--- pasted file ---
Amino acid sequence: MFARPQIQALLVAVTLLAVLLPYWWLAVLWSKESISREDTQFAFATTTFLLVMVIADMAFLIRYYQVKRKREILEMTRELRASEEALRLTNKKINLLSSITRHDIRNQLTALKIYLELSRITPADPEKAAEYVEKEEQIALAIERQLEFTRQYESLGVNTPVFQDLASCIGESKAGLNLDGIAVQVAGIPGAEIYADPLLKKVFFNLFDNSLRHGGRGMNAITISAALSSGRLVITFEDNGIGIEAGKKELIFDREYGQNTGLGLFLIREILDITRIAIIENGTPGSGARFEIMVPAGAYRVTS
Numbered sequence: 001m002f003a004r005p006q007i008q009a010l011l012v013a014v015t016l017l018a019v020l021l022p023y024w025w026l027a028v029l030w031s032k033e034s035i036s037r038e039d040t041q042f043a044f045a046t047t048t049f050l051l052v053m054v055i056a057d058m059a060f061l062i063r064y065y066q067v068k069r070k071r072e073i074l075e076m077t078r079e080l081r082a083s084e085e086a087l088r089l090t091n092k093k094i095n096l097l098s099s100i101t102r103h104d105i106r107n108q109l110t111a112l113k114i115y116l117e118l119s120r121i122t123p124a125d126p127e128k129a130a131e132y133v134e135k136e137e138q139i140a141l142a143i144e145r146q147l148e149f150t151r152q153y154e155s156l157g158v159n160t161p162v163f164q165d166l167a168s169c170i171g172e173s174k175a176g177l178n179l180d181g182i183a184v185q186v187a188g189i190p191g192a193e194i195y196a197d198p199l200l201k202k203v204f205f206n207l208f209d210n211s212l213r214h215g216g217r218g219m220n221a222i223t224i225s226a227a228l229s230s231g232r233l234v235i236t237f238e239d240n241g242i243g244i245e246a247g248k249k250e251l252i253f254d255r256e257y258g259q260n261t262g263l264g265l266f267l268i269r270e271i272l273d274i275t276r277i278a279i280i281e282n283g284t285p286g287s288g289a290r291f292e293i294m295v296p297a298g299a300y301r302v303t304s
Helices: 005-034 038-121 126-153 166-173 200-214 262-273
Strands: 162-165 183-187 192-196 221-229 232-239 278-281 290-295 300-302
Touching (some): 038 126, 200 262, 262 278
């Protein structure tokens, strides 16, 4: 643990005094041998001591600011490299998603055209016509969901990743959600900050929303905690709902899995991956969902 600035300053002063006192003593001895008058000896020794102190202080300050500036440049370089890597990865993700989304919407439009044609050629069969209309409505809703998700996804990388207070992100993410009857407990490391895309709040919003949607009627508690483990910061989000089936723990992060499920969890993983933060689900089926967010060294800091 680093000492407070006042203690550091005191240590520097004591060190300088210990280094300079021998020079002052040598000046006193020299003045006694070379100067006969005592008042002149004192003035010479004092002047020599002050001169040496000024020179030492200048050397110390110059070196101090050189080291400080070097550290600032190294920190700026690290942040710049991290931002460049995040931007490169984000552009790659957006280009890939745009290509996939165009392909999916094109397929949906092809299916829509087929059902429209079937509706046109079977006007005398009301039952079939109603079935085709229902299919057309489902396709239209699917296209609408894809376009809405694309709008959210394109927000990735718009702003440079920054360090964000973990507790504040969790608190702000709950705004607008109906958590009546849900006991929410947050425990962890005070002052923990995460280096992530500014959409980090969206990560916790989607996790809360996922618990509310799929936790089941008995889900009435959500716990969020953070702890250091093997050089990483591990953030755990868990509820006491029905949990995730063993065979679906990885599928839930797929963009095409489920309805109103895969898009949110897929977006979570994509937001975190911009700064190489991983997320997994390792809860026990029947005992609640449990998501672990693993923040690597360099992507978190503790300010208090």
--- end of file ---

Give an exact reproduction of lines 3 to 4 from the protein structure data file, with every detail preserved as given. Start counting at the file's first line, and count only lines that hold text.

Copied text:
Helices: 005-034 038-121 126-153 166-173 200-214 262-273
Strands: 162-165 183-187 192-196 221-229 232-239 278-281 290-295 300-302